The Other Side Joel Fagin

Author's Notes

What's most frightening is humans, not monsters. - Phantasy Star 2

Hitler is considered the worst of us, and yet even he had a point.

How can I consider the Earthmen in Phantasy Star 2 as being evil? Irrationally, irredeemably evil. Madmen who would destroy a utopia that they had helped build on an idle whim. The last remnants of a lost race, looking for a new home, somehow prepared to wait hundreds of years to inherit a star system they would eventually try to destroy.

We are not like that. How can I believe that we are? I know a lot of humans, and I do not see this within them.

I've never actually thought of the Earthmen in Phantasy Star 2 as evil. As a race, we just aren't. We can be insensitive, and gullible, sometimes easily led, but not evil. Not maniacal laughter and piranha tanks. Not blowing up a perfectly good planet and gloating about it. I preferred the idea of a tragedy on both sides, and of real people on board the Noah, not James Bond villains.

Dark Force has never controlled entire races, only manipulated individuals. That is how he works.

Most of the idea for this story was developed during a creative writing equivalent of a doodle when I worked out a possible plot for Phantasy Star 5. It was sub-titled "Mother's Eye" and involved the humans, most of whom had been cryogenically frozen on the Noah and had survived, but with no one to defrost them. Well, not until some guy named Seth turned up…

A character named Daniel, an Earthling whose name was deliberately more than four characters, turned up somewhere along the line as part of the party of Protectors. He was the only human who knew the truth behind the events of Phantasy Star 2, the only one who knew both sides of the story. He was added as someone who could reveal Seth's true nature to the humans, broker a peace deal, and thereby provide a happy ending all round.

I've always wanted to stick him in a story. He turned up as a generic human in "The Night Before Christmas (Subjective)". This is something more substantial. Well actually, very substantial. Be warned that this is technically classified as a novel, at about 200 paperback pages.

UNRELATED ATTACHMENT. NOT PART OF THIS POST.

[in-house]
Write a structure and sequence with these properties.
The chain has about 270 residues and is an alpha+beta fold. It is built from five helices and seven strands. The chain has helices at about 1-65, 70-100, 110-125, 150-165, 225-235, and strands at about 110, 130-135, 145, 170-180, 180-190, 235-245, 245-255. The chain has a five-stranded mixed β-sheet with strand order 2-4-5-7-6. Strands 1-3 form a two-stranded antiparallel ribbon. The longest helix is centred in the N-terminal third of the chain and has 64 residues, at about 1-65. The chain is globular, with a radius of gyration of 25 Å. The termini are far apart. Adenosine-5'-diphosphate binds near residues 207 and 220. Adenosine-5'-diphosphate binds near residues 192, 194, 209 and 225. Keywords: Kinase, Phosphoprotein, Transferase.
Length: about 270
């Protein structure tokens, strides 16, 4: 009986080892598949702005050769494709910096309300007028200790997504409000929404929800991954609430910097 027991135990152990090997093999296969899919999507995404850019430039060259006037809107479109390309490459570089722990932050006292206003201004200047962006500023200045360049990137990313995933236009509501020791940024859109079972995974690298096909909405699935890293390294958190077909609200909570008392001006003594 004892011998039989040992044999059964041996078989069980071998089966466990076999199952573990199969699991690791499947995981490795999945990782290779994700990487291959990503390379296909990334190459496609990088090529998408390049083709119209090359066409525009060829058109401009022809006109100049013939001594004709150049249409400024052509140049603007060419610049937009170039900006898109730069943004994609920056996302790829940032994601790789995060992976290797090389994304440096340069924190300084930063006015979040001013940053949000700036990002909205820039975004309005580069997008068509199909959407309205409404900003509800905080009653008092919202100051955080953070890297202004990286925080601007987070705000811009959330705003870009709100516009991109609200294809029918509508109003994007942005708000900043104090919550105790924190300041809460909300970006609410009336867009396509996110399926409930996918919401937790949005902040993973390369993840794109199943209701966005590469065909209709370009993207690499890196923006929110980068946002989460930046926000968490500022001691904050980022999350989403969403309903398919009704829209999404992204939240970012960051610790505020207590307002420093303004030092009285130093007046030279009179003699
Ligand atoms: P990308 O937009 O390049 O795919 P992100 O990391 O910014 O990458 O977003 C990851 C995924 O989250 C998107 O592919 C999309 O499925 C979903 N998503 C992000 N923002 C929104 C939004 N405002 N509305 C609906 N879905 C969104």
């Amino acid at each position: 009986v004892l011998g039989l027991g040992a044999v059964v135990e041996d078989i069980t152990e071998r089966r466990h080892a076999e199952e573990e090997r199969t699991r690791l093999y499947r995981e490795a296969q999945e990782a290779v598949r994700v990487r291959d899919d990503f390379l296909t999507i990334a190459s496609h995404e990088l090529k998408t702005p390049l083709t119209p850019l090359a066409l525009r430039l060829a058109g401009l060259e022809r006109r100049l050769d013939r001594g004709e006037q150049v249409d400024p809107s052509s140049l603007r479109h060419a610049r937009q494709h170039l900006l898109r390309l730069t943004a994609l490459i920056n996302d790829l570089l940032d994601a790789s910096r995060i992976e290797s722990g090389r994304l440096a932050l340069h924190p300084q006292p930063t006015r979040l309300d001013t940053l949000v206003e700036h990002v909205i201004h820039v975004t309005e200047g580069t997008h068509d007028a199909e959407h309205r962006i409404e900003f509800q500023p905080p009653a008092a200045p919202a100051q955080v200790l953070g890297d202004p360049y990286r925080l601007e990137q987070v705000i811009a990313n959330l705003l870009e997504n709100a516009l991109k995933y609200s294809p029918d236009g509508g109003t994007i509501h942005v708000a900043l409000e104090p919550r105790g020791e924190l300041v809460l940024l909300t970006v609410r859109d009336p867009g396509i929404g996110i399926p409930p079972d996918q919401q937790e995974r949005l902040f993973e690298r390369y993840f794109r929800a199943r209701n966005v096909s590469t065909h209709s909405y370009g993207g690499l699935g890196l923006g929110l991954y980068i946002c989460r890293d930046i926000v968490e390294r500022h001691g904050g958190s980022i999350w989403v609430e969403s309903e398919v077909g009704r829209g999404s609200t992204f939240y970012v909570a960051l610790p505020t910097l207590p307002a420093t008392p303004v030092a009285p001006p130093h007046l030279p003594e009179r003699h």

I have had to ruin the fantasy of the games somewhat for this story. Alas, people from a technological culture such as ours would never truly believe fantasy. They would always try to find the process, the rules, or the science behind it. I have tried to do so here and, as such, this must be classified as science fiction.

Thanks must go to our favourite Musk Cat, Naflign, for help with the Japanese chapter headings, but it is JWL (previously known as The Hatless Dezoran) to whom I am most grateful, as he poked holes in my ideas, argued the toss, contradicted my theories, and generally made a helpful nuisance of himself. He forced me to explain my theories more deeply than I had developed them and, in doing so, was the catalyst for a wealth of added depth. He also checked this monster over for continuity errors and picked up some beauties. Without all of his efforts this story would be far shallower.

Finally, I would like to assure sceptics that this does work. It defies nothing in the Phantasy Star games - well, not the English versions, not that I can find - only the most common perceptions thereof. Most importantly for myself, the humans are no longer aliens, no longer possessed of goals and motivations I cannot accept of my race. They are human once more.

Every story has two sides.